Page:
Teleprompters are for middle managers, not the Boss.
For those who have never heard of it, Rockaroke is karaoke backed by a live band. Conor


Who's the Boss? At the Croc, It Can Be You

Teleprompters are for middle managers, not the Boss.
For those who have never heard of it, Rockaroke is karaoke backed by a live band. Conor Byrne brought in a band that did it a few years ago and it was pretty fun, but the problem was there was no prompter to read from. If a singer didn't know their selection by heart they had to read the lyrics from a sheet of paper, which barely helps because you still need to know when to sing. The band had a great list of songs to chose from, but without the security of a monitor they weren't getting too many people up to try it out. Most of the performers were friends of the band. I pulled off a decent "Don't Do Me Like That," but I remember my buddy totally dying on stage trying to remember the lyrics to "Against All Odds."

A few Fridays ago I hit the Crocodile for their debut night of Rockaroke (the next edition is Wednesday, Sept. 1). When I checked out the link that announced the event it provided a song list, and I was impressed by the depth of songs from each genre they were able and willing to perform. They could do it all: rock, country, pop, hip-hop, standards, you name it--but all I was looking for was something simple I knew every verse to. I wasn't about to take any chances on something I did not know backwards and forwards. I got to the bar ready with a short list of a couple Steve Miller and Eagles songs.

I arrived around 8:30 and there weren't many people there yet. The song being performed as I arrived was Lita Ford's "Kiss Me Deadly," and I could tell by the looks and vocal ability of the gal singing that she was a member of the backing band. It was loud and they rocked out on that big stage, and I remember thinking the five bucks I paid to get in was a more than fair price to get a feel of what it's like to be the lead singer of a band. There was an old bearded guy entering song requests on a laptop at a podium just below the stage. I turned in "The Joker" by Steve Miller.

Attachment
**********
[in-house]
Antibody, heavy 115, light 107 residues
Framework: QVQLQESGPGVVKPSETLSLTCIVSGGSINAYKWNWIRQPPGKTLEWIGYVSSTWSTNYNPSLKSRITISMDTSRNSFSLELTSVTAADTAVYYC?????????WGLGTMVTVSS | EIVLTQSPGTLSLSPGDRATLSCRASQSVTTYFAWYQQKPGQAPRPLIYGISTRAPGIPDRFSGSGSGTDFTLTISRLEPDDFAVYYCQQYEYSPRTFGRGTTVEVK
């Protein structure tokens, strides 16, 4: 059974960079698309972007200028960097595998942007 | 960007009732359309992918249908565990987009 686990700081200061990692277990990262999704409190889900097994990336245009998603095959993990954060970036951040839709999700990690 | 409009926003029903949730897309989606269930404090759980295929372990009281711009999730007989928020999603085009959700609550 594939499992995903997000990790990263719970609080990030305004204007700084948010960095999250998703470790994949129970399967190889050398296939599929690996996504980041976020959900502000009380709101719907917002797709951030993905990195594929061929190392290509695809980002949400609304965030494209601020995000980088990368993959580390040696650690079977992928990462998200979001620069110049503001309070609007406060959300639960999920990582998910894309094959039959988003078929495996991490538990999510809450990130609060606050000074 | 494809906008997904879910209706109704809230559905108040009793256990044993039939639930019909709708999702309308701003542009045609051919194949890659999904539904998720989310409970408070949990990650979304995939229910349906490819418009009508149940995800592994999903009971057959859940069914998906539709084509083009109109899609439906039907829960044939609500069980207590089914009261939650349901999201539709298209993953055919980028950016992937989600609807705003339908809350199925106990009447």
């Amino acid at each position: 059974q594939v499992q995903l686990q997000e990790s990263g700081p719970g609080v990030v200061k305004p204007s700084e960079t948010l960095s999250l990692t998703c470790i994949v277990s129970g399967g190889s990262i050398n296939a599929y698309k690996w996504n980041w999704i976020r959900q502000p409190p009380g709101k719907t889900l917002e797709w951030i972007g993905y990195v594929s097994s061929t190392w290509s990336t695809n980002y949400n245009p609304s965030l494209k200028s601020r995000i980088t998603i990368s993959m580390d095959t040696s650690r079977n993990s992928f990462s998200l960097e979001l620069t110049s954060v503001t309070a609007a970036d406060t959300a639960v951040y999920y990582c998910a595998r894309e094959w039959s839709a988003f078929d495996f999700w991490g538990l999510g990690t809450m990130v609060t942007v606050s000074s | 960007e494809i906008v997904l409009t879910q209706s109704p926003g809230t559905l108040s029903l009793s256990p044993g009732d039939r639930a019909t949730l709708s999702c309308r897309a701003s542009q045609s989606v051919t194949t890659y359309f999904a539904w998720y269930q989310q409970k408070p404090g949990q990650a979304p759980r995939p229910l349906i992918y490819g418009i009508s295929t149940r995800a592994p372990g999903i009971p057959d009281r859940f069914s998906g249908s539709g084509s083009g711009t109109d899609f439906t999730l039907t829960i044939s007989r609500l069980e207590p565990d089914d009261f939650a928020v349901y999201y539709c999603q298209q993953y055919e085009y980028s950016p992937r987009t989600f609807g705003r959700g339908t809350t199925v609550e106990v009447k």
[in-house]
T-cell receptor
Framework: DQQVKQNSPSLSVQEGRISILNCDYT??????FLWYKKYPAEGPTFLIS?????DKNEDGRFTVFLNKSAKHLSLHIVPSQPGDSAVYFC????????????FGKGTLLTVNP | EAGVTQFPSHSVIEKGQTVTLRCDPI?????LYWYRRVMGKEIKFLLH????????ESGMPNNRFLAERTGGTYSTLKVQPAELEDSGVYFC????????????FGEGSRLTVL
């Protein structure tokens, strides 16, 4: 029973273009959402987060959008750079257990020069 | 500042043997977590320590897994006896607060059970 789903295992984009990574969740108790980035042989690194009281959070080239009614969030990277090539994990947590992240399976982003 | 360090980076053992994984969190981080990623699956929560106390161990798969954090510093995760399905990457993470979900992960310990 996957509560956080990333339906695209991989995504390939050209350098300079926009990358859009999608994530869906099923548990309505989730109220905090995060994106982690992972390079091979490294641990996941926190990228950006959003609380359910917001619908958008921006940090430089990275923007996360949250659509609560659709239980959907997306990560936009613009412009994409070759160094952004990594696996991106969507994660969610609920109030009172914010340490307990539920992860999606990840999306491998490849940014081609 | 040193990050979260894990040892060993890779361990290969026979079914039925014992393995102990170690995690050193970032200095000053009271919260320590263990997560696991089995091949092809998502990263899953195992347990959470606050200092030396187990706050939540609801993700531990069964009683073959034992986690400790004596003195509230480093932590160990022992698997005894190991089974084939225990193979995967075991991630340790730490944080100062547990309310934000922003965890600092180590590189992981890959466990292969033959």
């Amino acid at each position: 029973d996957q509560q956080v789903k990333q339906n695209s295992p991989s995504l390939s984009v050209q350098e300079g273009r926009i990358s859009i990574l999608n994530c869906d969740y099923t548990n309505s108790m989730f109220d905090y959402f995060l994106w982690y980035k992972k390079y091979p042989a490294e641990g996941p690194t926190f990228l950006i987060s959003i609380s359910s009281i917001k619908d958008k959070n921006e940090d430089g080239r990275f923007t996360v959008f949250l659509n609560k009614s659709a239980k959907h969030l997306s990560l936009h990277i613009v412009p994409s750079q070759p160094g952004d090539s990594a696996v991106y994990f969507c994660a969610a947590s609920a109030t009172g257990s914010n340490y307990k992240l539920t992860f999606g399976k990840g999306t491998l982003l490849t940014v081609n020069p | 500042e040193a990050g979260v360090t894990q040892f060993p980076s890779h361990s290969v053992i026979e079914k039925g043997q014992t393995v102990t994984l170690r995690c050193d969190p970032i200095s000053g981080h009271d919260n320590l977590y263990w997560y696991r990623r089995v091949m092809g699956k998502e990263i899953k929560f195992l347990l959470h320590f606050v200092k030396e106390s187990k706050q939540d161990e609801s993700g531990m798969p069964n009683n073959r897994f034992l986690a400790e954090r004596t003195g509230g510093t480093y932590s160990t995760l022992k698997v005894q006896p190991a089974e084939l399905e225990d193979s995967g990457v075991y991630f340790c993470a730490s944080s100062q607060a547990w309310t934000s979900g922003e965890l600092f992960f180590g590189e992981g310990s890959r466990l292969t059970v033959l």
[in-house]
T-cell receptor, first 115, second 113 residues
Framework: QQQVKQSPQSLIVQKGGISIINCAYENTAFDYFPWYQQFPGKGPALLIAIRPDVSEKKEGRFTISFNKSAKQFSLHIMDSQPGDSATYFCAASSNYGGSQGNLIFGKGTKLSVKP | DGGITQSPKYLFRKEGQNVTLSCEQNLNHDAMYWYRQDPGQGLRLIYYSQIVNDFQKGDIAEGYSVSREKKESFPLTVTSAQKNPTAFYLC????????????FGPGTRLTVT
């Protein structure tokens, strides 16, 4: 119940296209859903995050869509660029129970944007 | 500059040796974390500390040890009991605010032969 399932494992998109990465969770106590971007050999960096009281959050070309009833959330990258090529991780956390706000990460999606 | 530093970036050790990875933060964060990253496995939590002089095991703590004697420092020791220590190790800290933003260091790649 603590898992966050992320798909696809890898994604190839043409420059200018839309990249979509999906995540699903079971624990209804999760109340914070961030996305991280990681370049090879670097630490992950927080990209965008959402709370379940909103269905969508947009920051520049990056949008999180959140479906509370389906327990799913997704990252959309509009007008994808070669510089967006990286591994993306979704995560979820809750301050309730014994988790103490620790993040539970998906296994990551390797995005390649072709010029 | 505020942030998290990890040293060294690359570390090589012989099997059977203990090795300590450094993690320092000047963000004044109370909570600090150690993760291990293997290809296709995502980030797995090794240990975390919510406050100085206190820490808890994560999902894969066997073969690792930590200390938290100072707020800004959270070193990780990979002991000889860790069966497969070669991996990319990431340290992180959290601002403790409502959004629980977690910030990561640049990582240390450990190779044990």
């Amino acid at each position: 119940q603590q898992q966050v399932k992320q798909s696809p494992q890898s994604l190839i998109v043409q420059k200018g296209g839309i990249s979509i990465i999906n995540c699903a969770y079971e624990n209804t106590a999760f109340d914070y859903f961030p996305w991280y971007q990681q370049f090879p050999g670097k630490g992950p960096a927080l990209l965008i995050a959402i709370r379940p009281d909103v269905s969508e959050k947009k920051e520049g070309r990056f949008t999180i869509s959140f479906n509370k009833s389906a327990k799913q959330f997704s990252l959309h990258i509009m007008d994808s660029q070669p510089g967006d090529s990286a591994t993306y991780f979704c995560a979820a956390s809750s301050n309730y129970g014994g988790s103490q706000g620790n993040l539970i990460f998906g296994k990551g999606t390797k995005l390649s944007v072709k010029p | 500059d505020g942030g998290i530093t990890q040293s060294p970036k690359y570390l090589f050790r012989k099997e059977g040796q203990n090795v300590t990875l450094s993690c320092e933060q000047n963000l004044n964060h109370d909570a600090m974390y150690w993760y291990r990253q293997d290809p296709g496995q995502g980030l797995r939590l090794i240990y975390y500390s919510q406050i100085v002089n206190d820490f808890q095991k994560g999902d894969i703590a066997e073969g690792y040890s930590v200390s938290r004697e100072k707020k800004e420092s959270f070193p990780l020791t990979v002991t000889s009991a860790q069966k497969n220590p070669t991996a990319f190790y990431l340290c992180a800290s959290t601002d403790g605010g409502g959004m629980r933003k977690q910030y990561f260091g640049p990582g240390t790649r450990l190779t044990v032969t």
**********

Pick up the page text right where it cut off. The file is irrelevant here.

The first non-bandmember performance I saw was a guy named John who sang the Petty/Nicks duet "Stop Dragging My Heart Around." John sang it like a pro and the gal did a great job backing him up with the Stevie parts, but he definitely was someone that was no stranger with this format. The first real "karaoke" performer was a gal named Lauren, and she did Pat Benatar's "Hit Me With Your Best Shot." The way I could tell she wasn't another Rockaroke ringer was I could see her looking down at something as she sang. It was like she was reading from something. I walked up to the front of the stage where the request booth was to take a closer look, and sure enough there was a monitor set up on the floor. That device just took this game up ten notches.

I immediately changed my pick to "Born To Run." It's a song I'm never comfortable doing in a regular karaoke bar because it's so exhausting and a bit out of my range, but I needed to try it here. It is the Springsteen number everyone wants to hear, I've had a dream for years now of putting together a Bruce tribute band. So I figured this was finally my chance to see if I had what it took to be the Boss.

When they called my name and I took the stage, it was pretty crazy to look down at all the people. Eight out of ten karaoke bars I visit don't have an elevated stage, and the ones that do are about a foot high. I, however, was a good six-seven steps above floor level.

The prompter was front and center, the drummer counted off, and the band kicked it. I noticed immediately the tempo was just a bit slower than any karaoke disc version I had ever sung, but it still felt like it was in the same key. From the moment I sang the first line I knew I would have no problem reaching every note. Most of the song I can hang with, but the ending is brutal if I can't hit the notes. By the first chorus my voice was on fire and I abandoned the prompter. It was the first time I'd ever sung my hero's music with a live band, and I just kept thinking to myself: "I can really do this."

I crushed the ending where Bruce goes crazy with the screaming, and when it was over one of the guitarists turned to me and said "nice work." It was a dream come true.

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